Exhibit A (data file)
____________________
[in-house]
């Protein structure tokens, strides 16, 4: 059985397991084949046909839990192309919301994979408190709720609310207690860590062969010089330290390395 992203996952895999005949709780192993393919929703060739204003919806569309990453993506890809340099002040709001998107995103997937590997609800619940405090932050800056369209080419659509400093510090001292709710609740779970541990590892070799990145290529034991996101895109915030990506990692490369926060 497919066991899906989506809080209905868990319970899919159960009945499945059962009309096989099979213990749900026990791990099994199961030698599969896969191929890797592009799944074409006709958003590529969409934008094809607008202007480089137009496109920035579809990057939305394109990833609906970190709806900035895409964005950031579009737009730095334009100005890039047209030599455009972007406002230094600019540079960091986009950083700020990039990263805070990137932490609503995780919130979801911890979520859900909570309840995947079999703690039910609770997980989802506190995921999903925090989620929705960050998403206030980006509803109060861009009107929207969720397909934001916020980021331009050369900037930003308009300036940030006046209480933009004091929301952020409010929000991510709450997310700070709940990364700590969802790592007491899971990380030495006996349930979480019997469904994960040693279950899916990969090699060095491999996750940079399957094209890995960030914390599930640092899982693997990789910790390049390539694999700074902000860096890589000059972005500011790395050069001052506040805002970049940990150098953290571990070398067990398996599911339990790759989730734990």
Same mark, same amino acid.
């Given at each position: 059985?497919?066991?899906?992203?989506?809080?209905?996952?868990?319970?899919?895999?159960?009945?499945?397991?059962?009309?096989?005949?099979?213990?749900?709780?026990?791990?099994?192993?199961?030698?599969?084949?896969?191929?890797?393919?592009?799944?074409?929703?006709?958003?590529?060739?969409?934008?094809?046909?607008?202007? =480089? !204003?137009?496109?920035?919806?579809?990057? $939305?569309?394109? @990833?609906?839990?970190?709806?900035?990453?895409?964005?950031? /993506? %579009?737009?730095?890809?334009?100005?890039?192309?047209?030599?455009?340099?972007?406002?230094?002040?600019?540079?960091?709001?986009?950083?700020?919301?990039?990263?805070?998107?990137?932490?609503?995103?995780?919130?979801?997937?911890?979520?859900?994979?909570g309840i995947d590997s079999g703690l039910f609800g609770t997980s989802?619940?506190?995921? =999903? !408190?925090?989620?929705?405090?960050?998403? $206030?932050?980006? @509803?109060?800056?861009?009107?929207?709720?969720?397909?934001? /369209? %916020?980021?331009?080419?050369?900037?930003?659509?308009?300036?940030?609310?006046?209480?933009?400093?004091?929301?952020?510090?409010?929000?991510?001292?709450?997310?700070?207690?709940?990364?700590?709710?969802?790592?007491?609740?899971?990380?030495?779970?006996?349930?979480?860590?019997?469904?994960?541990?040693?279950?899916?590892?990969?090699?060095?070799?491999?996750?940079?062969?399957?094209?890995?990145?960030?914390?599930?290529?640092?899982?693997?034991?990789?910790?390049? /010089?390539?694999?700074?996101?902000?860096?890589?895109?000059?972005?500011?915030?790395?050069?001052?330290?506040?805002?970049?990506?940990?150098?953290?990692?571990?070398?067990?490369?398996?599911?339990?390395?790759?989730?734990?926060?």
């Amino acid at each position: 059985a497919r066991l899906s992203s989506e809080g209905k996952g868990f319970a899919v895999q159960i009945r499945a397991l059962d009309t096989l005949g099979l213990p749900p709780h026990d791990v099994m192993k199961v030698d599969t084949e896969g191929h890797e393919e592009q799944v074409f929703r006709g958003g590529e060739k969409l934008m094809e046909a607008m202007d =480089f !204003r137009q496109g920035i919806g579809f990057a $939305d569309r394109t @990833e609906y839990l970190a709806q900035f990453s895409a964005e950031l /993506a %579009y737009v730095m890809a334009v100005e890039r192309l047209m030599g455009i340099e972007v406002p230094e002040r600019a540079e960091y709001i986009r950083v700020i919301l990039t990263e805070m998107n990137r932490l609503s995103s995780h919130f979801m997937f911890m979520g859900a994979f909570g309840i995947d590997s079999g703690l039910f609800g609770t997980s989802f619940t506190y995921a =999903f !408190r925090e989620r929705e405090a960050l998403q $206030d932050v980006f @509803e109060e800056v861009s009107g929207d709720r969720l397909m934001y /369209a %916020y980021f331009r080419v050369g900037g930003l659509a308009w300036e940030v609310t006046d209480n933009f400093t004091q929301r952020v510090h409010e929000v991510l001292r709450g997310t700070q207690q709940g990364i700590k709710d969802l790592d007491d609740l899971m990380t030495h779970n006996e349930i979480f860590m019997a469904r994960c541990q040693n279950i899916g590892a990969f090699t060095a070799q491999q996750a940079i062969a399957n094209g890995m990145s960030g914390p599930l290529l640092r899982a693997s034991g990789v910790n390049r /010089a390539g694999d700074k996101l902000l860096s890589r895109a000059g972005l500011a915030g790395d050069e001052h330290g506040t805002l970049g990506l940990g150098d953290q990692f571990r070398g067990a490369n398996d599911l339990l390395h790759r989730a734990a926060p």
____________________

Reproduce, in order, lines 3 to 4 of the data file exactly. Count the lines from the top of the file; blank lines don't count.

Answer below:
Same mark, same amino acid.
């Given at each position: 059985?497919?066991?899906?992203?989506?809080?209905?996952?868990?319970?899919?895999?159960?009945?499945?397991?059962?009309?096989?005949?099979?213990?749900?709780?026990?791990?099994?192993?199961?030698?599969?084949?896969?191929?890797?393919?592009?799944?074409?929703?006709?958003?590529?060739?969409?934008?094809?046909?607008?202007? =480089? !204003?137009?496109?920035?919806?579809?990057? $939305?569309?394109? @990833?609906?839990?970190?709806?900035?990453?895409?964005?950031? /993506? %579009?737009?730095?890809?334009?100005?890039?192309?047209?030599?455009?340099?972007?406002?230094?002040?600019?540079?960091?709001?986009?950083?700020?919301?990039?990263?805070?998107?990137?932490?609503?995103?995780?919130?979801?997937?911890?979520?859900?994979?909570g309840i995947d590997s079999g703690l039910f609800g609770t997980s989802?619940?506190?995921? =999903? !408190?925090?989620?929705?405090?960050?998403? $206030?932050?980006? @509803?109060?800056?861009?009107?929207?709720?969720?397909?934001? /369209? %916020?980021?331009?080419?050369?900037?930003?659509?308009?300036?940030?609310?006046?209480?933009?400093?004091?929301?952020?510090?409010?929000?991510?001292?709450?997310?700070?207690?709940?990364?700590?709710?969802?790592?007491?609740?899971?990380?030495?779970?006996?349930?979480?860590?019997?469904?994960?541990?040693?279950?899916?590892?990969?090699?060095?070799?491999?996750?940079?062969?399957?094209?890995?990145?960030?914390?599930?290529?640092?899982?693997?034991?990789?910790?390049? /010089?390539?694999?700074?996101?902000?860096?890589?895109?000059?972005?500011?915030?790395?050069?001052?330290?506040?805002?970049?990506?940990?150098?953290?990692?571990?070398?067990?490369?398996?599911?339990?390395?790759?989730?734990?926060?």